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Beating the Odds

Playing with Passion

This happened years ago on Old Timers Day at Yankee Stadium, and Hall of Fame player Ty Cobb was being interviewed by a sports writer.

“Ty,” the scribe wanted to know, “what do you suppose your batting average would be if you played in this era?”

“About three-hundred,” Cobb replied.

“Three-hundred,” the writer exclaimed.”Why so low? You have the highest average of all time — three-sixty-seven. And you’re always saying that the players of this era are not as good. So why only three-hundred?”

“Well,” Cobb explained, “You’ve got to remember that I’m 70 years old.”

That was Cobb. Always playing — and living — with an edge. He constantly tested limits, both his own and those of his opponents.

Here’s a disclaimer: He often went over the line with his rage, and today he would likely find himself in trouble for his words and actions.

However, what if you could bring his passion to your work? What if you could go about your work as if today were your last day? Here’s what Cobb said about the game as he drew near the end of his career:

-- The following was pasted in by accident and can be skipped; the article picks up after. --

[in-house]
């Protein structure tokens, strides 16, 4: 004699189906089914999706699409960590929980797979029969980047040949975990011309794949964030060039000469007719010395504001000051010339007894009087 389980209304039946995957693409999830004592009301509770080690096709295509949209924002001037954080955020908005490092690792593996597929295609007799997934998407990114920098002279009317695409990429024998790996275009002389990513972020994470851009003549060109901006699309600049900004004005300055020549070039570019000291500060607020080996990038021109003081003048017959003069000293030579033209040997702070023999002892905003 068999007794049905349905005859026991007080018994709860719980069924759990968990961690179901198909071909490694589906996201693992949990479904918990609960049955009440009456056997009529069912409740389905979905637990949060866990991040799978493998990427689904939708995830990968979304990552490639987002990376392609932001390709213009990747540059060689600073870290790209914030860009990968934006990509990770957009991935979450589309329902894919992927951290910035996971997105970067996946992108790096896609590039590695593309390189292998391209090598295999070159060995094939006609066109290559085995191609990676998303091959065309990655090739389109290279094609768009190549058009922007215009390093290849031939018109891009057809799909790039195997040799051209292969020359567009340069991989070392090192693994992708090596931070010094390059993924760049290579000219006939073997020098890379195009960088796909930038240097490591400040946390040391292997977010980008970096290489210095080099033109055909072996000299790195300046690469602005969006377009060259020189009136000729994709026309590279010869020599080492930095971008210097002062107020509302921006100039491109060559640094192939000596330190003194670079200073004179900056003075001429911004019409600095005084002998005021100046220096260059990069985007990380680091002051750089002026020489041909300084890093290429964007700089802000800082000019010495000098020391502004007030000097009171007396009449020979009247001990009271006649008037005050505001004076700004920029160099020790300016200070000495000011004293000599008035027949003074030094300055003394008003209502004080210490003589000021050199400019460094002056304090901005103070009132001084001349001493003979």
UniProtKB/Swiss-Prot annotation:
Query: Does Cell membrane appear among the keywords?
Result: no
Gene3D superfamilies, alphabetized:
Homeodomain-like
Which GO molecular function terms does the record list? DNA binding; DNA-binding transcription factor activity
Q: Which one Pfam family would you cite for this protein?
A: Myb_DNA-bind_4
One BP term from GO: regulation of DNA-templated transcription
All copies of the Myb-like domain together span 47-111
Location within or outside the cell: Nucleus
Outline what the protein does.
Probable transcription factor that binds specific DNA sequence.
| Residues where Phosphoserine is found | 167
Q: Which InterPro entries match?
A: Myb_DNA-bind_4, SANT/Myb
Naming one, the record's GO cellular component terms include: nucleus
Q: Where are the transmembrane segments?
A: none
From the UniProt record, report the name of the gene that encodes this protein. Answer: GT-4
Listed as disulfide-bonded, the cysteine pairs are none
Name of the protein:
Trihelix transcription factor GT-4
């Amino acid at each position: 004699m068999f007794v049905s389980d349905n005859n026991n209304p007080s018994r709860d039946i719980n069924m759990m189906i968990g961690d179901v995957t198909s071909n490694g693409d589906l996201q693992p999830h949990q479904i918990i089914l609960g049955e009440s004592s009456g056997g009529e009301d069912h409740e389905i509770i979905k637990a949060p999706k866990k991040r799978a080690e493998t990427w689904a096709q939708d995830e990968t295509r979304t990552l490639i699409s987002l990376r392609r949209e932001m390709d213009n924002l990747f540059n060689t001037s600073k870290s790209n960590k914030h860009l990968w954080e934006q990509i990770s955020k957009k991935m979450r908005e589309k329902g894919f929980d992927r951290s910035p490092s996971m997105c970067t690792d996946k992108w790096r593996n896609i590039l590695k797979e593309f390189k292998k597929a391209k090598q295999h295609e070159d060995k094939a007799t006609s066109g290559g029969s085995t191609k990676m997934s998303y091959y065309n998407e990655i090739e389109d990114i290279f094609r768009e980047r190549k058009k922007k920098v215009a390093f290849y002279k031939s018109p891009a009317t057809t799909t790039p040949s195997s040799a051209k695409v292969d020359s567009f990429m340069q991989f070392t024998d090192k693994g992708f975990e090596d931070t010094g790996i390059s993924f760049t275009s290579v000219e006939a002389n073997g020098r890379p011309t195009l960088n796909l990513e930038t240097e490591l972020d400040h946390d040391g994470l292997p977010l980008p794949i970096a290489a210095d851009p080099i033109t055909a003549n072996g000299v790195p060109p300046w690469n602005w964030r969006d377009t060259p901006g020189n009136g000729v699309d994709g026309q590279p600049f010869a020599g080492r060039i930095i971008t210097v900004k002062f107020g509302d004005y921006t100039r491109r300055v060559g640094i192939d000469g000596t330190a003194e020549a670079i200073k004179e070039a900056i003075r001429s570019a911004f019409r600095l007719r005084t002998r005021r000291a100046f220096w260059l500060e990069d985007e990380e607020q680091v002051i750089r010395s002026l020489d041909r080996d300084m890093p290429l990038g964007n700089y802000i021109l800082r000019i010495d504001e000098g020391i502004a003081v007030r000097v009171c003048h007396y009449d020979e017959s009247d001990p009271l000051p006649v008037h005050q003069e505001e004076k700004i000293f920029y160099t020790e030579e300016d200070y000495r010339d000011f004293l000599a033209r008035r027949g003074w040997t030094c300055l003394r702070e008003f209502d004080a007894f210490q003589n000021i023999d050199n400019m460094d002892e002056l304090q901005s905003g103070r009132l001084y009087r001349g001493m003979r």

“The great trouble with baseball today is that most of the players are in the game for the money and that’s it. Not for the love of it, the excitement of it, the thrill of it.”

Think of that for a second. Cobb LOVED the game. He felt excited by it. Thrilled by it.

And his attitude showed in the way he played.

“The greatness of Ty Cobb was something that had to be seen, and to see him was to remember him forever,” said fellow Hall of Famer George Sisler.

Perhaps you will never hit like Cobb. You don’t have to. But if you work with the same passion, your success will be assured.


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